Tommy Haas did not.  Haas was ranked #272 in the world just a month prior to playing McEnroe despite not having played in 10 months. He was still officially ranked #402 in the world when they played and just 9 months removed from beating #5 Roger Federer at the time as well. 

Haas who was recently retired at 40 years old would eventually figure out McEnroe and win the match at 7-5 but it was not easy he certainly didn’t walk over him and it was evident McEnroe’s unique style was foreign to him and was causing a lot of the issues. For those that think it may have been stagged watching it I certainly didn’t get that impression.  There was actually talk shortly after that, about McEnroe coming out of retirement to play in French Open doubles as well as playing Serena who was still at the top. After seeing him play a few times at this age either would have been must-see TV for me.  I think he still had enough at that point to compete.

It’s unfortunate the match was never uploaded to you tube as it played on Fox Sports multiple times, but here is 57 year old Mac playing 33 year old Roddick in the same series you can get a sense of how he was still moving around the same time. McEnroe was asked at 58 years old what he’d rank in the world and he said about 1200th which is probably some decent self-awareness. He went on to say he played at a club with 38 professionals, some high end juniors etc. In saying that, he was kind of also saying he could still compete, but he likely has a great grasp on his abilities in comparison to actually playing guys on the spectrum as well as watching so much tennis.

The only tour level examples I have found where someone this old beat a good player really are Thomas Muster returning at 43 years old. ?Leonardo Mayer who was 23 years old and ranked 119th at time and would go on to have a nice career peaking at 21st. That was less than a month before Muster?s 44th birthday. Ken Rosewall would play until 1980 at the age of 46 going 3-3 that season including beating #49 Butch Waits, #82 Tim Wilkinson. I hold that in less regard though given the equipment and it being a less modern game.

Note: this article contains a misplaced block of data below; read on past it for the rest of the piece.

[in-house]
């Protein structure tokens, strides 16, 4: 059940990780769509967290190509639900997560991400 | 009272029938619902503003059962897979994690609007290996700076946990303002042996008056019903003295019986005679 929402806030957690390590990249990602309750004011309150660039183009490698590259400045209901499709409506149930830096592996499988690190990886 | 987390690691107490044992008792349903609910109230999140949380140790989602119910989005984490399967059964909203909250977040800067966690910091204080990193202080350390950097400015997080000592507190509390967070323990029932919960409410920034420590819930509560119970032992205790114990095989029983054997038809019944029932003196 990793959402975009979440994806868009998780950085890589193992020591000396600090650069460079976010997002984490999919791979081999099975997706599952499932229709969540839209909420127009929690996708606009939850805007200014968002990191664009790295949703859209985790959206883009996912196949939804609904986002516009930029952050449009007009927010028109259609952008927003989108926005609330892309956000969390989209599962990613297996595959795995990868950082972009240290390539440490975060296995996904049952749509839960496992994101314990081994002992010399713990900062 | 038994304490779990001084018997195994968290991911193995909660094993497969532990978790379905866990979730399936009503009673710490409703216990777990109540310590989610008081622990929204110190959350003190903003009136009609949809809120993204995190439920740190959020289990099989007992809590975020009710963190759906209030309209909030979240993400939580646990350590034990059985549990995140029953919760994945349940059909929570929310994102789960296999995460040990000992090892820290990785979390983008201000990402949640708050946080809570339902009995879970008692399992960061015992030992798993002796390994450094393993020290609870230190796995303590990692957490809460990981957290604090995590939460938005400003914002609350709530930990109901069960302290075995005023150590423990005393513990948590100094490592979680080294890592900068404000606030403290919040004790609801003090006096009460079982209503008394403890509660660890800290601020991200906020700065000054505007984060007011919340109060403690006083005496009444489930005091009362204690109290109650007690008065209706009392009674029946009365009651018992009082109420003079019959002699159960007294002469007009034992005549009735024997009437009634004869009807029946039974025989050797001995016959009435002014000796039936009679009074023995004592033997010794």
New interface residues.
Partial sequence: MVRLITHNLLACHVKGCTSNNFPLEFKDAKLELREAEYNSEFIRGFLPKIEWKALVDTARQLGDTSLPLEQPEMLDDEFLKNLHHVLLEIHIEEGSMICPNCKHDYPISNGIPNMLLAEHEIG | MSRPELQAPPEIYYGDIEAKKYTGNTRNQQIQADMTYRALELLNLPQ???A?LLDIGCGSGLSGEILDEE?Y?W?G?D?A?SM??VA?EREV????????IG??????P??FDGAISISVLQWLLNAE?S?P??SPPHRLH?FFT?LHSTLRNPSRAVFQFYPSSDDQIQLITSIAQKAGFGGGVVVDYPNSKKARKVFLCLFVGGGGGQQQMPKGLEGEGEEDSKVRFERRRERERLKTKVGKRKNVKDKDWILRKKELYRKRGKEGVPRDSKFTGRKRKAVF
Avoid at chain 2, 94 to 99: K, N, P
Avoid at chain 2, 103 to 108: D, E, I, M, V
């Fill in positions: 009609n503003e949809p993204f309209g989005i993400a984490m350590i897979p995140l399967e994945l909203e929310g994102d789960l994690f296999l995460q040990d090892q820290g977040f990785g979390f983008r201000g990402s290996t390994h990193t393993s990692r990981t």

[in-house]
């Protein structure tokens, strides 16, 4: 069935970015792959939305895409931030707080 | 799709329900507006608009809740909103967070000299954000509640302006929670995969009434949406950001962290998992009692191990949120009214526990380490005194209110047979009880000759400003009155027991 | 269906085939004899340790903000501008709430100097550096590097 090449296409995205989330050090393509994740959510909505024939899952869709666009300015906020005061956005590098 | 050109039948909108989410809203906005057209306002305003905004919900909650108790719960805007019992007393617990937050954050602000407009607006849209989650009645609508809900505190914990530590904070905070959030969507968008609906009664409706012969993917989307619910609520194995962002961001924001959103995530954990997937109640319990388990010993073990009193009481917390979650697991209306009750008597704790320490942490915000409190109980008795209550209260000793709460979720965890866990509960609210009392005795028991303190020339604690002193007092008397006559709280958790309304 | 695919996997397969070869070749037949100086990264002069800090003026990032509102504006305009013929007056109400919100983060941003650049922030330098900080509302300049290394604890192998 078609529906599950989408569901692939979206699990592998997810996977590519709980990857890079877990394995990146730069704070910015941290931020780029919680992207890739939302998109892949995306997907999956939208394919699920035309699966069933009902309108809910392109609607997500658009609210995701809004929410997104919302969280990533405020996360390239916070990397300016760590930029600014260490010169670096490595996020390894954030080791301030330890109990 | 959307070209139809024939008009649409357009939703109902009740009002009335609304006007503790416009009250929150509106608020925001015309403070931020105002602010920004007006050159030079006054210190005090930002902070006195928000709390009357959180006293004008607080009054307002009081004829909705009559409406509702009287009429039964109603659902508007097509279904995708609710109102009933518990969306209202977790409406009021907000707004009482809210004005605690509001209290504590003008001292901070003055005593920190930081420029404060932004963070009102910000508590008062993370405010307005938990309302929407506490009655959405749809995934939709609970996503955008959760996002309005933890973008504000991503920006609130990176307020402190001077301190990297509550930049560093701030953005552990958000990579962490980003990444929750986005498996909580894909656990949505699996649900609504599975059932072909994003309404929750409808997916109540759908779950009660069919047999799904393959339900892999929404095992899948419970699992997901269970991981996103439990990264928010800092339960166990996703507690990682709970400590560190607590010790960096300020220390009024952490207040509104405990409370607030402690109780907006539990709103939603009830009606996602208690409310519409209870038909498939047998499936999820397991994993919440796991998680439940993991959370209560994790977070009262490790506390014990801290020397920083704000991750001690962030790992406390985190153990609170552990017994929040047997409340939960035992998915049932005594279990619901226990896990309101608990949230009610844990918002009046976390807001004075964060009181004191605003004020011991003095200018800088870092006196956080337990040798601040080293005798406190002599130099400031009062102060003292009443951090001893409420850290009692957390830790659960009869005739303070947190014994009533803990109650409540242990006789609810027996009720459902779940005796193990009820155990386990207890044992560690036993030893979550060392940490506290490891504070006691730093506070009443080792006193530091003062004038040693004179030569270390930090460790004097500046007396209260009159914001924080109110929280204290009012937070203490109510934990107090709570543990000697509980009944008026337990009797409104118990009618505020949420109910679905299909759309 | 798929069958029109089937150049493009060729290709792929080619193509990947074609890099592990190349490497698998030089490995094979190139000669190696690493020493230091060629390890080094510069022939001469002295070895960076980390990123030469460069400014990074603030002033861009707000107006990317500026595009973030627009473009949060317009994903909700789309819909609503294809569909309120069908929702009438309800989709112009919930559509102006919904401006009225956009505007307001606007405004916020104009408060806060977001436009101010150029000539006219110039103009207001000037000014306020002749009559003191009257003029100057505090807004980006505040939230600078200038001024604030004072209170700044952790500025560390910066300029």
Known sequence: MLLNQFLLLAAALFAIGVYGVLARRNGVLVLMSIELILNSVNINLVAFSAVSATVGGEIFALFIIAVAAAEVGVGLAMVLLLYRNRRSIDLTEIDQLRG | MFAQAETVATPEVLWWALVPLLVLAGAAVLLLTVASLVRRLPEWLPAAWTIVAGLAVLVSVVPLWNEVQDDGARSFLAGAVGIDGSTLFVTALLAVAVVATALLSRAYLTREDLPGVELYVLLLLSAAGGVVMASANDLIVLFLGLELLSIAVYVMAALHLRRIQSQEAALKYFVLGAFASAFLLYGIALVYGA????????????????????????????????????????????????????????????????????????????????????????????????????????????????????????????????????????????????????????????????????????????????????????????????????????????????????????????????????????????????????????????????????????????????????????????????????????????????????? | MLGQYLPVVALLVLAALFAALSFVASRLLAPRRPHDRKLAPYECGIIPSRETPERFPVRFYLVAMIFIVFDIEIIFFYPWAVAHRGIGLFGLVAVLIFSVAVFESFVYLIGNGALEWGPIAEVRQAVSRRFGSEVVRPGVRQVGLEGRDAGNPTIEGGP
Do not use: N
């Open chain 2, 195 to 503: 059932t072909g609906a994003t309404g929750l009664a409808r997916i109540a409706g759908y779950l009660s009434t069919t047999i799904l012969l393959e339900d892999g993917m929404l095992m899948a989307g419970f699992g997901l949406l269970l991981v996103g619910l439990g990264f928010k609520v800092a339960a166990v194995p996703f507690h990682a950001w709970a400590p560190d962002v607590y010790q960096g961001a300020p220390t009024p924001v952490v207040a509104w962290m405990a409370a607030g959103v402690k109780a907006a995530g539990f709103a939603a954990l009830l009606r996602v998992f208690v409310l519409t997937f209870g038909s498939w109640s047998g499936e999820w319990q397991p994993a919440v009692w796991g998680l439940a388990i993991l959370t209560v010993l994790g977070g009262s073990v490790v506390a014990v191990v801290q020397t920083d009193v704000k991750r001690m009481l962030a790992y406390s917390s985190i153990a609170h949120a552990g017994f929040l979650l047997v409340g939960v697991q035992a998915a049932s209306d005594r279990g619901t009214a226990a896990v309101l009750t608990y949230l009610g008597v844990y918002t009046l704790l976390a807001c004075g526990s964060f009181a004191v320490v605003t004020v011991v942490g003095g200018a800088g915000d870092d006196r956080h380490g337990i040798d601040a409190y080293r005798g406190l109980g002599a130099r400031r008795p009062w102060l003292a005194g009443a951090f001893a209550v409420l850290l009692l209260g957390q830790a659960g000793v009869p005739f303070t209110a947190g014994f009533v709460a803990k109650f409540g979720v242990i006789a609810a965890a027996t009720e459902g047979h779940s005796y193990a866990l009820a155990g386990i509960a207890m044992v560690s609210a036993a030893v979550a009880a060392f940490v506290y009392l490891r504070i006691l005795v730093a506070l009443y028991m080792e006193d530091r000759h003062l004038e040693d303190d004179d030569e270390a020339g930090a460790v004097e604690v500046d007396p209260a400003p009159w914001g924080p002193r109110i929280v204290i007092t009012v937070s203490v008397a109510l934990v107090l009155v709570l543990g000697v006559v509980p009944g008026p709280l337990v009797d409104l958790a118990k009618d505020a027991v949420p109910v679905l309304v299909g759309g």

Q: How many Grand Slams did John McEnroe win in total? A: John McEnroe won a total of seven Grand Slam singles titles.

Q: Was John McEnroe’s temperament always confrontational? A: While known for his on-court outbursts, off-court, many describe McEnroe as thoughtful and introspective.

Q: What endeavors has McEnroe pursued beyond tennis? A: Beyond tennis, McEnroe has been involved in broadcasting, music, and even hosted a talk show for a brief period.

In Conclusion

John McEnroe is a beacon in the world of tennis. His incredible talent, combined with his unabashed passion, has solidified his place as a true legend. His story serves as an inspiration and a testament to what unwavering commitment to one’s craft can achieve.